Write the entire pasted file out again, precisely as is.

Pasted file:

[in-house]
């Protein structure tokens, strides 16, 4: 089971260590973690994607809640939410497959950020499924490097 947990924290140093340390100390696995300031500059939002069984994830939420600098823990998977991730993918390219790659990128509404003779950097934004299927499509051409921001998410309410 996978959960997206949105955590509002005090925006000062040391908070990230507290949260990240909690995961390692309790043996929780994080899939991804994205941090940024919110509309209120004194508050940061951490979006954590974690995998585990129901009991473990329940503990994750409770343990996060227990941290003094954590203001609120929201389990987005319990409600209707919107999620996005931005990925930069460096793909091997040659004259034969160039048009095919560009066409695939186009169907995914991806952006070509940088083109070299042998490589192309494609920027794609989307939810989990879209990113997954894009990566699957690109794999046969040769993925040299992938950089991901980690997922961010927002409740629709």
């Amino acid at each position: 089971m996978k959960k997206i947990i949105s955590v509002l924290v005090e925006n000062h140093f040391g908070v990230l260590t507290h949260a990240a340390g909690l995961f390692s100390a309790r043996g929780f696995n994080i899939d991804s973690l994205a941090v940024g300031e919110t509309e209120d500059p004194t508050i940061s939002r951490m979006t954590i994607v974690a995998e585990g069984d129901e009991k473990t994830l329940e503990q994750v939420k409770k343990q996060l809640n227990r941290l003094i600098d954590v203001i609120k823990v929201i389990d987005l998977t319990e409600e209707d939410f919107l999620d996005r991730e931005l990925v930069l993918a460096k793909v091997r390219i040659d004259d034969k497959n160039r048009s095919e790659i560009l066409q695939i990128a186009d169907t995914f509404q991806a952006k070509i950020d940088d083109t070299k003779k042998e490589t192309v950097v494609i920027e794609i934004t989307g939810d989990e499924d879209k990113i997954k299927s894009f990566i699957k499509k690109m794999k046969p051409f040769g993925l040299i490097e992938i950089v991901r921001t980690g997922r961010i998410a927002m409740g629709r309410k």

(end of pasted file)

[in-house]
């Protein structure tokens, strides 16, 4: 089971260590973690994607809640939410497959950020499924490097 947990924290140093340390100390696995300031500059939002069984994830939420600098823990998977991730993918390219790659990128509404003779950097934004299927499509051409921001998410309410 996978959960997206949105955590509002005090925006000062040391908070990230507290949260990240909690995961390692309790043996929780994080899939991804994205941090940024919110509309209120004194508050940061951490979006954590974690995998585990129901009991473990329940503990994750409770343990996060227990941290003094954590203001609120929201389990987005319990409600209707919107999620996005931005990925930069460096793909091997040659004259034969160039048009095919560009066409695939186009169907995914991806952006070509940088083109070299042998490589192309494609920027794609989307939810989990879209990113997954894009990566699957690109794999046969040769993925040299992938950089991901980690997922961010927002409740629709």
């Amino acid at each position: 089971m996978k959960k997206i947990i949105s955590v509002l924290v005090e925006n000062h140093f040391g908070v990230l260590t507290h949260a990240a340390g909690l995961f390692s100390a309790r043996g929780f696995n994080i899939d991804s973690l994205a941090v940024g300031e919110t509309e209120d500059p004194t508050i940061s939002r951490m979006t954590i994607v974690a995998e585990g069984d129901e009991k473990t994830l329940e503990q994750v939420k409770k343990q996060l809640n227990r941290l003094i600098d954590v203001i609120k823990v929201i389990d987005l998977t319990e409600e209707d939410f919107l999620d996005r991730e931005l990925v930069l993918a460096k793909v091997r390219i040659d004259d034969k497959n160039r048009s095919e790659i560009l066409q695939i990128a186009d169907t995914f509404q991806a952006k070509i950020d940088d083109t070299k003779k042998e490589t192309v950097v494609i920027e794609i934004t989307g939810d989990e499924d879209k990113i997954k299927s894009f990566i699957k499509k690109m794999k046969p051409f040769g993925l040299i490097e992938i950089v991901r921001t980690g997922r961010i998410a927002m409740g629709r309410k």